typically default to OLD behavior compatible with prior versions of CMake.
automatically sets all the CMake policies to “new” through the minimum CMake version.
For example, a project with cmake_minimum_required(VERSION 3.14) implicitly sets to NEW all CMake policies CMP0088 and older.
New versions of CMake don’t get the benefits of new behaviors until specifying the new behavior is OK, either implicitly via cmake_minimum_required() or explicitly via cmake_policy().
The downsides of a too-old cmake_minimum_required() include that you have to set if(CMAKE_VERSION VERSION_GREATER_EQUAL ...) statements around extra cmake_policy() statements.
Here are a few CMake policies we generally use, typically implicitly by choosing at least CMake 3.13:
GCC on Windows
it’s often useful to have separate development environments for each compiler.
The Powershell script “~/clang.ps1” creates a
We don’t permanently put Clang on our user or system PATH.
Running “~/clang.ps1” in Powershell enables Clang until that Powershell window is closed.
can be used to keep build directories less cluttered and speed up the build process.
The traditional workflow for Makefiles was to create lots of object files (targets) with the relevant compile options, definitions and link flags.
Then the final executable or library targets would be linked from all the object files.
defaults to creating static libraries.
The following stanza creates “libfoo.a” or similar:
With numerous targets, there are a lot of “lib*.a” that may be cluttering the build directory.
Also, there is a finite time consumed in creating all those archive .a files from the object files.
For projects that use Visual Studio, using Object Libraries can help avoid
complications with exporting symbols for MSVC.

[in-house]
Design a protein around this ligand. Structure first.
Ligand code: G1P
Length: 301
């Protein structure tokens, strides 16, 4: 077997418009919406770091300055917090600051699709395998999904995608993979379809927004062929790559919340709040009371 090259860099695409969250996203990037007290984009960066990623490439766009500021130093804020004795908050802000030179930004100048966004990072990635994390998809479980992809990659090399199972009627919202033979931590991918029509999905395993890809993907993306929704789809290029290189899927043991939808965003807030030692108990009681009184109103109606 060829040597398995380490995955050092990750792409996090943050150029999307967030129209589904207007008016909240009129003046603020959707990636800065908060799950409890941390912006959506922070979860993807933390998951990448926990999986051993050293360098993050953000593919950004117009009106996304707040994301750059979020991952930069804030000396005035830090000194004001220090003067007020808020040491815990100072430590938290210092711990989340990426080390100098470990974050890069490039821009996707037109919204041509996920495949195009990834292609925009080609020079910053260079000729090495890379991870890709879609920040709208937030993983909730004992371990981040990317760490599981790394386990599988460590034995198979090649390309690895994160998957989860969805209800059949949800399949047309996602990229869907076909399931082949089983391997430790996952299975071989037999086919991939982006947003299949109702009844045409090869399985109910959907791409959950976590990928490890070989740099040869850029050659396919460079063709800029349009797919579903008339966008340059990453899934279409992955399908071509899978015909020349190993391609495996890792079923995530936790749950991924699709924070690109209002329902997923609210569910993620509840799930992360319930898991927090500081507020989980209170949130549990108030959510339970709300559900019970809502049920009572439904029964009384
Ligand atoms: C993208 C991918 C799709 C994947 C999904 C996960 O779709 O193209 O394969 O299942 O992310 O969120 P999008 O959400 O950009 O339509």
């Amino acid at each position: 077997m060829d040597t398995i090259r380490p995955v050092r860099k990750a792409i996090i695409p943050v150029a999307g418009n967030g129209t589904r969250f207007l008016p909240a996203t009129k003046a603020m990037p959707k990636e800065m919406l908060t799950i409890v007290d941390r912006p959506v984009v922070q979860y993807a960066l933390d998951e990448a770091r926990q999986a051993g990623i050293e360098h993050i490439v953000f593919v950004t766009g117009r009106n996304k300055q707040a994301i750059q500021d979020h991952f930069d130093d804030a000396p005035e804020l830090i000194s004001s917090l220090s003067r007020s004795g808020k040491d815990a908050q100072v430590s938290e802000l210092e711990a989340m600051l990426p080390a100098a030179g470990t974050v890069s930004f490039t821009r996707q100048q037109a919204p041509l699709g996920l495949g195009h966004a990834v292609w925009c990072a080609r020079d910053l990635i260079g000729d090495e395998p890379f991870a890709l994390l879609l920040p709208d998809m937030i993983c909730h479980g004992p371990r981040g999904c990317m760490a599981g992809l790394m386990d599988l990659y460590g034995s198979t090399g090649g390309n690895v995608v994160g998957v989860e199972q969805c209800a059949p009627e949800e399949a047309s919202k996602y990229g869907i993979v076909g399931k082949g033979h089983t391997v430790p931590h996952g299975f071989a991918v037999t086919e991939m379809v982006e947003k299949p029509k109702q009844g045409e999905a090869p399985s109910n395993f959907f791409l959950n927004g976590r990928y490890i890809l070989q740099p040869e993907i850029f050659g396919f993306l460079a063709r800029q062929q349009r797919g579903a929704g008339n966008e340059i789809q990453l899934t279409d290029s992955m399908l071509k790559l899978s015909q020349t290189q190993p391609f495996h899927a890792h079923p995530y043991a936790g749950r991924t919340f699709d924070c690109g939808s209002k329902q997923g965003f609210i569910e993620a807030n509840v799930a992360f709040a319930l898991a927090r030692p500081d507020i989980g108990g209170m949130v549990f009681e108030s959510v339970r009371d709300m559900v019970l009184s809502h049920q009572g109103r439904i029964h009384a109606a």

CMake object libraries
A cleaner option for most cases where the “lib*.a” artifact is not needed is to create CMake Object Libraries instead:
instead of having files under build/ like “libfoo.a, libbar.a” there will be only “baz.exe”.
The object files will be tucked away under build/CMakeFiles/foo/*.o and build/CMakeFiles/bar/*.o.
of object libraries propagate up to targets linking them as usual.
You may need to modify the PUBLIC / PRIVATE / INTERFACE of object libraries or add them to the “target_link_libraries()” of the top-level targets when going from static or shared libraries to object libraries.
The generator expressions expand to all the object files of “foo” and “bar” like a legacy Makefile.
Using object libraries means that duplicate symbols can cause conflicts that need to be manually resolved.
When linking non-object libraries, the linker typically just uses the first instance seen of a symbol.
Cygwin startup configuration can be easily modified.
While advanced users might modify the
Windows CYGWIN environment variable,
typical needs can be handled from within Cygwin ~/.bashrc or from other Windows environment variables.
A typical need is to not populate Cygwin PATH from Windows PATH.
This is something we typically do to avoid confusion from Windows programs being used instead of Cygwin programs.
To do this, set Windows environment variable:
This will result in a basic Cygwin PATH like:
Look inside Cygwin “/etc/config” file for more environment variables that may be of interest.
Git history can be
with certain caveats.
One reason to rewrite history for feature requests is to have project-specified message formatting.
Another is to add long comments, denoted by adding at least one blank line beneath the minimal summary message.
To edit messages of prior commits, use git rebase -i and then select “r” or “reword” for the desired commits.
This is quicker and easier than “e” or “edit” that is used for editing code or breaking up prior commits.